The Montau de Sadumí winery is my idea of heaven; the rustic farmhouse-like arches and dark cellars greet us along with Xavier, one of the family owners. This is Cava central and we purvey historic cast iron bottling machines and step through fifteen-century barn conversions. It was 1940 that Xavier’s grandfather first experimented with Cava, leaving the experimentation to fully develop and at last come to fruition in the eighties, when he accomplished his first bottle in the cool underground winery, their fermentation barrels now much smaller than they were twenty years ago. Xavier points out the marks of workers who built the brick walls, where atmospheric lights cast an eerie light over the fabric of the room, the sort that convinces you the darkest corners are haunted. There are handprints or strikes in the brick; acting as a sort of sign in sheet for the workers as proof of how much work they should get paid for the day. Of course the storage for the bottles is underground, giving a constant humidity and temperature for the wine.
Xavier holds a green bottle up to the rare light and demonstrates how the sediment is collected near the neck of the bottle. This method, once completed by hand, is now done with a turning machine. Xavier switches it on and we watch in horror as the machine (seemingly with a mind of its own) almost smashes the tops off a whole crate of bottled roses placed on the floor. We breathe a sigh of relief when we see there’s no damage and move on to the freezing machine. This freezes the necks of the bottles where the sediment is, so they can remove it before squeezing the wide cork in and seal it with a cap. This is to stop party-time occurring six months too early in the depths of the cellar where all the bottles have popped their own corks and made a drunken mess on the floor.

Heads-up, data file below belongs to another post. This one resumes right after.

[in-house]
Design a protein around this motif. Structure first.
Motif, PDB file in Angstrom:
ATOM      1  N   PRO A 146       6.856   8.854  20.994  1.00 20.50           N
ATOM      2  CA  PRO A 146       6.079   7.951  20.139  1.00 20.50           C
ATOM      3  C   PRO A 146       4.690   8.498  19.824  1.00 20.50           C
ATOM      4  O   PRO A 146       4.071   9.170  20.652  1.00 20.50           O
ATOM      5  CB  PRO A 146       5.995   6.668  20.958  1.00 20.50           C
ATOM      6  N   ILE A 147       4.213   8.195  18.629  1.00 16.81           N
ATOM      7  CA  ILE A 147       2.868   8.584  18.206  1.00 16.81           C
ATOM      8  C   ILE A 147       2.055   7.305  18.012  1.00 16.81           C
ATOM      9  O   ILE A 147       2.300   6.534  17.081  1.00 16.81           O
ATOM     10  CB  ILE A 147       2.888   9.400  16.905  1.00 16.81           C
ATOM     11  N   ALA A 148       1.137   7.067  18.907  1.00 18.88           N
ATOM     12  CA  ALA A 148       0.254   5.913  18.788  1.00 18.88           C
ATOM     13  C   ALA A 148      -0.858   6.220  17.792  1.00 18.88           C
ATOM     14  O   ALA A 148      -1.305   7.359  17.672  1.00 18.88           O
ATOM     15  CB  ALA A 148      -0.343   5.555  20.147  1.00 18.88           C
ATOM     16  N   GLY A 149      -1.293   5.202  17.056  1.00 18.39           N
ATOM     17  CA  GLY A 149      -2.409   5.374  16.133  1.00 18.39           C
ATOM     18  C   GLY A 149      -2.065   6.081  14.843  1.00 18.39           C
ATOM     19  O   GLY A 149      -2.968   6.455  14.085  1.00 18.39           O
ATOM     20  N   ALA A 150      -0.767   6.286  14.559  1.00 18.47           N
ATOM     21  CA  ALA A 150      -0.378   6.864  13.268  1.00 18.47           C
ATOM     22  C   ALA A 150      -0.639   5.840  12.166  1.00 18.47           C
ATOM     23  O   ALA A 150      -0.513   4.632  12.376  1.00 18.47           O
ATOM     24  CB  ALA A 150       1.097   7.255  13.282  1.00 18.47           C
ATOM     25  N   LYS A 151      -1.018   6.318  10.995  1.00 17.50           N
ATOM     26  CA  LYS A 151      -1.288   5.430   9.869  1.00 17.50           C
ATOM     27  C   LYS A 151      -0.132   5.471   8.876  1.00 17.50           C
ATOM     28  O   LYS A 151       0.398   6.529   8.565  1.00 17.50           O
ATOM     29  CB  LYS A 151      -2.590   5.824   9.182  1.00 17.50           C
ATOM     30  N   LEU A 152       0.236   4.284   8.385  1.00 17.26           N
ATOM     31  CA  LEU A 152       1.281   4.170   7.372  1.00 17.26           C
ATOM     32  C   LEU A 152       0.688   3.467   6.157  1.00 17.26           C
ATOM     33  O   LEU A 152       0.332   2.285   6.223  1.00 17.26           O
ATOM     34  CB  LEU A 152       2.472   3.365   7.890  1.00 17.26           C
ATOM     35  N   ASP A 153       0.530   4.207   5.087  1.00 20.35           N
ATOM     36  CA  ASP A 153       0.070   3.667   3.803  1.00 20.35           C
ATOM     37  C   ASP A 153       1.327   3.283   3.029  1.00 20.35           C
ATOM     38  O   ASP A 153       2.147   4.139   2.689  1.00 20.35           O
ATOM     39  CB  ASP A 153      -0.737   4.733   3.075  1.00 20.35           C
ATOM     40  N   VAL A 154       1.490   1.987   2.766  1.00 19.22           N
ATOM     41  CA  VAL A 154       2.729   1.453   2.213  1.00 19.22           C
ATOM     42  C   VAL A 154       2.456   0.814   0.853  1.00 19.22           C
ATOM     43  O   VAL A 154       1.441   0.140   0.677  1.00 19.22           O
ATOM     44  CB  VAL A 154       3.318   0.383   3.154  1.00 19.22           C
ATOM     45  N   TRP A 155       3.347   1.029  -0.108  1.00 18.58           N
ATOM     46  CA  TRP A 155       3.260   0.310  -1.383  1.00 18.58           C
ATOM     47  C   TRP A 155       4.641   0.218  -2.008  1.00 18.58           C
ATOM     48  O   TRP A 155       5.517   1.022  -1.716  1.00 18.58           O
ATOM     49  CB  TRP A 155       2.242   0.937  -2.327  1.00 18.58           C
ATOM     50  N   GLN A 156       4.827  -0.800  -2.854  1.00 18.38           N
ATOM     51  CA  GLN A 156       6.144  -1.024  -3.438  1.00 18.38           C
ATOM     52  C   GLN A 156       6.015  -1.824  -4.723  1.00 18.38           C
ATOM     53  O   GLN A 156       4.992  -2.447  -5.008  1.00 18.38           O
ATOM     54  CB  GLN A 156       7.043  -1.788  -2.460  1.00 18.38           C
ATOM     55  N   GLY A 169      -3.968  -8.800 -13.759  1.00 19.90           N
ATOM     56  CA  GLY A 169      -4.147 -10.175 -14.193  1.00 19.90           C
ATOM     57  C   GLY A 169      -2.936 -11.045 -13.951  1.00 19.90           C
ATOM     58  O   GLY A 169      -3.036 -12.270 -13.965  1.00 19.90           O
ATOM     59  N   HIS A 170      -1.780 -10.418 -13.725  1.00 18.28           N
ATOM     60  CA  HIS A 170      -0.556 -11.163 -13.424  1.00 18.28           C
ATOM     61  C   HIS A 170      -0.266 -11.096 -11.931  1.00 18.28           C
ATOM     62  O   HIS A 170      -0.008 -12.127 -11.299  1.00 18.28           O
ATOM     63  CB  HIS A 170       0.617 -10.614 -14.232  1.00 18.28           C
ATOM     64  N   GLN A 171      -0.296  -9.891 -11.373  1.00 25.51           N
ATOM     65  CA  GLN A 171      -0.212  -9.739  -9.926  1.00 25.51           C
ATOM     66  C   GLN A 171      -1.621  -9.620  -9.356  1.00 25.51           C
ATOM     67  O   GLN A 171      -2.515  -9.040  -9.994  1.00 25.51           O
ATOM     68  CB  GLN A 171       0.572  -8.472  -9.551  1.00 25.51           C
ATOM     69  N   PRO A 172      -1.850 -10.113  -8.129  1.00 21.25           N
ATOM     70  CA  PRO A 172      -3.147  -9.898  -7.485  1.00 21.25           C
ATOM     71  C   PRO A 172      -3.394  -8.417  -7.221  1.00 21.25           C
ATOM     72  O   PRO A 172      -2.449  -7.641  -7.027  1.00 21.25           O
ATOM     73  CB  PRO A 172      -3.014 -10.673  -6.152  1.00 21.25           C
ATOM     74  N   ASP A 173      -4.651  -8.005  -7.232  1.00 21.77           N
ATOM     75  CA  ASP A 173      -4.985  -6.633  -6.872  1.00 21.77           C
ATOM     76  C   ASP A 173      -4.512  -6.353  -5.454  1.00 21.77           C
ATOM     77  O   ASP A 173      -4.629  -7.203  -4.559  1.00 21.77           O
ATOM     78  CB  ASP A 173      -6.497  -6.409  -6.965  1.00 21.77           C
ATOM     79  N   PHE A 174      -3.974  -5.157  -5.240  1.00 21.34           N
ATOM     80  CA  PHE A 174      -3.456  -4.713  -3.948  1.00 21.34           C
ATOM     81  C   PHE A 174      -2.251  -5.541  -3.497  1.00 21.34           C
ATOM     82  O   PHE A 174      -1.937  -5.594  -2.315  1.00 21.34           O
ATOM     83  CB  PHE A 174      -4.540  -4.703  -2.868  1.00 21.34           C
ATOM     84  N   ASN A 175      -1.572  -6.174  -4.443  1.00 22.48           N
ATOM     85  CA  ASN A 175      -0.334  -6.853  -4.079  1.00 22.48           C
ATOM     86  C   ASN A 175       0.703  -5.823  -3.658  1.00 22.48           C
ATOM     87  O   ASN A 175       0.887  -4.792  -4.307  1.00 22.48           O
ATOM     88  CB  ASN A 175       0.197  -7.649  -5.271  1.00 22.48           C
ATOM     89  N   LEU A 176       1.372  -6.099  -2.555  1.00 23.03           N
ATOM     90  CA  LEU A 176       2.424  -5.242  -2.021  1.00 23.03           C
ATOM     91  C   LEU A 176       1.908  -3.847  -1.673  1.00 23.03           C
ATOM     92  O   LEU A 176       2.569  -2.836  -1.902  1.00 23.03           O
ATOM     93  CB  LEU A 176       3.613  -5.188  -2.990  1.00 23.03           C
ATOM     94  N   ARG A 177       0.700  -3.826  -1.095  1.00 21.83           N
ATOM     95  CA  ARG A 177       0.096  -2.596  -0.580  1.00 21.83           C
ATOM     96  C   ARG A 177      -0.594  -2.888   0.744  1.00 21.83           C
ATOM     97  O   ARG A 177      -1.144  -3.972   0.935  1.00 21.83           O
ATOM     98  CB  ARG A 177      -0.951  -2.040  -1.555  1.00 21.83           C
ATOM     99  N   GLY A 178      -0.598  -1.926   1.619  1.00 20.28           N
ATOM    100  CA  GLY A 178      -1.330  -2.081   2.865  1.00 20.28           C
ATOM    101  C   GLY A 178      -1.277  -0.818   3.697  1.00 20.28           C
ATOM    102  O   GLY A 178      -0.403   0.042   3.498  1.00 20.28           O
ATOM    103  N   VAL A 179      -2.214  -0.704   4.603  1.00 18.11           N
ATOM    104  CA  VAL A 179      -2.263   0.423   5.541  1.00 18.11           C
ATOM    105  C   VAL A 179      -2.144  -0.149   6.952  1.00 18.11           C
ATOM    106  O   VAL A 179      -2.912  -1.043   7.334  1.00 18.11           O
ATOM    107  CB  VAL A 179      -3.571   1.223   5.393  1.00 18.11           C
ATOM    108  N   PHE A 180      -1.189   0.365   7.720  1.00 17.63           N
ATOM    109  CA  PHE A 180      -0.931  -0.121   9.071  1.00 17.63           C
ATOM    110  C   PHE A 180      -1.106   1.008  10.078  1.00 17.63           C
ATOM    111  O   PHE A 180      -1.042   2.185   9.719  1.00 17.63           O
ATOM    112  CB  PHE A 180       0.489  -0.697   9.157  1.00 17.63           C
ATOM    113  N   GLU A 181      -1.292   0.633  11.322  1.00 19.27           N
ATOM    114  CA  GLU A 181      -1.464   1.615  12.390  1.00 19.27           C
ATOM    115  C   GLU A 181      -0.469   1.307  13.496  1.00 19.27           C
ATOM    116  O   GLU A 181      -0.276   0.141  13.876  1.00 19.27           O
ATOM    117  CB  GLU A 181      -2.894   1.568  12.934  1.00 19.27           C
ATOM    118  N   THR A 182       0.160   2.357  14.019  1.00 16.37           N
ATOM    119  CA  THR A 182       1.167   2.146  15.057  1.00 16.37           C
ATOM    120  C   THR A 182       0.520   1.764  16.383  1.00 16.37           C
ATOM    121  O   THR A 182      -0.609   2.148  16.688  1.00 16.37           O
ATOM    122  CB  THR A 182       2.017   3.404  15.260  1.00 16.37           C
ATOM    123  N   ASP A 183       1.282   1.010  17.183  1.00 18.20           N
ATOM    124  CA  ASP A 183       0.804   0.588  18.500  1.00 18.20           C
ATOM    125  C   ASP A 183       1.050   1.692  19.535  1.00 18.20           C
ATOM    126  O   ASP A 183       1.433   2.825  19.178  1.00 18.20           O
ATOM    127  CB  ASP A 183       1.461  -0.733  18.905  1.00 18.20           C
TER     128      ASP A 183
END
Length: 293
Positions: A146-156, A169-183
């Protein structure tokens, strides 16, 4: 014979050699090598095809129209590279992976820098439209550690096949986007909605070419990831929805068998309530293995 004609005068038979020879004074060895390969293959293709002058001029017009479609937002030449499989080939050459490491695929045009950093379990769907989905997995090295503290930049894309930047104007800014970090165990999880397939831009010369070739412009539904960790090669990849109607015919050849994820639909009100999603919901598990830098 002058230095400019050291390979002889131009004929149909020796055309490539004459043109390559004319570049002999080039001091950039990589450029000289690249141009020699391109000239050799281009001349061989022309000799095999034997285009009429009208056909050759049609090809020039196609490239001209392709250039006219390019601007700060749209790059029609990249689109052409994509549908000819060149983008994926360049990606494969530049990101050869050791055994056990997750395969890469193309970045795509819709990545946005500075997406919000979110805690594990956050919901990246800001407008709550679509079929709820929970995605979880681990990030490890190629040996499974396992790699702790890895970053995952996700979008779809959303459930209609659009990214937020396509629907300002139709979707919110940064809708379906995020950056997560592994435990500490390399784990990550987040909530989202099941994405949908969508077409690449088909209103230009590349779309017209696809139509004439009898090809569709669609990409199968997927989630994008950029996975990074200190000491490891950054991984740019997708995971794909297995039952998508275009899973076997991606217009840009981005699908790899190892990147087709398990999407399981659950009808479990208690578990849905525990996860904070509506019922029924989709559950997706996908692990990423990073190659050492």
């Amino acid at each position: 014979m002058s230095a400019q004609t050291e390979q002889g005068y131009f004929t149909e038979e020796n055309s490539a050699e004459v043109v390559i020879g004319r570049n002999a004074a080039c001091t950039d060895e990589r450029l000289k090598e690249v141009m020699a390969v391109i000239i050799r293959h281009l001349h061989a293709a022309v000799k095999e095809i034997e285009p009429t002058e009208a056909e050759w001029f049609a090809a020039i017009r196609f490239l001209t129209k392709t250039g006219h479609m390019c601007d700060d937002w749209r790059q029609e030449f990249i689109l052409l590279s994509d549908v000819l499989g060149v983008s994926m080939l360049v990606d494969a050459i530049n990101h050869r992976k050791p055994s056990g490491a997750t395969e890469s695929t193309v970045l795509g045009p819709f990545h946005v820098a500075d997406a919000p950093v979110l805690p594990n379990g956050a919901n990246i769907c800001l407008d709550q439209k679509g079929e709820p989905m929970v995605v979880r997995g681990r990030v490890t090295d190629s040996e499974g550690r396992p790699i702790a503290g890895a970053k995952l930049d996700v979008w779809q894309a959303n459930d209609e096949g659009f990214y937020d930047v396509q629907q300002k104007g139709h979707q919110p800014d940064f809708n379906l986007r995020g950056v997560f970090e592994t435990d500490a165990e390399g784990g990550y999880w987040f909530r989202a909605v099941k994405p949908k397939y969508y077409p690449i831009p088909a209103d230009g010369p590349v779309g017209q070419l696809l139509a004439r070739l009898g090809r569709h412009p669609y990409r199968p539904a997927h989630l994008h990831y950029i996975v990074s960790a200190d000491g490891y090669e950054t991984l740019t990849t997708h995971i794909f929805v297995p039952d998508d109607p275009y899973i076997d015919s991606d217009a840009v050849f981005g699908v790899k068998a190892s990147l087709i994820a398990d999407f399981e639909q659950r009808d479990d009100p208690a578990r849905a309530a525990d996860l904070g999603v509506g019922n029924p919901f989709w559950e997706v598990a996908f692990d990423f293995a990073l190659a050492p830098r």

There are some 270 Cava producers in Catalunya at present, and Arrels Montau de Sadumí is a very light, delicious brand, which we get to try in the tasting room – an equally rustic room with floor to ceiling arched windows looking out over the sunny courtyard, and terracotta tiles underfoot.
We get a quick tour of the vineyard, tasting Xarello grapes off the vines, which are very sweet, and watch the pickers harvest the fruit from the fifty-year-old vines that were planted in the 1960s.We are also joined by export manager, Barbara who gives us interesting insights into Cava and fashion matching.
Lauren Simpson-Green, Wine Travel writer for Wine Pleasures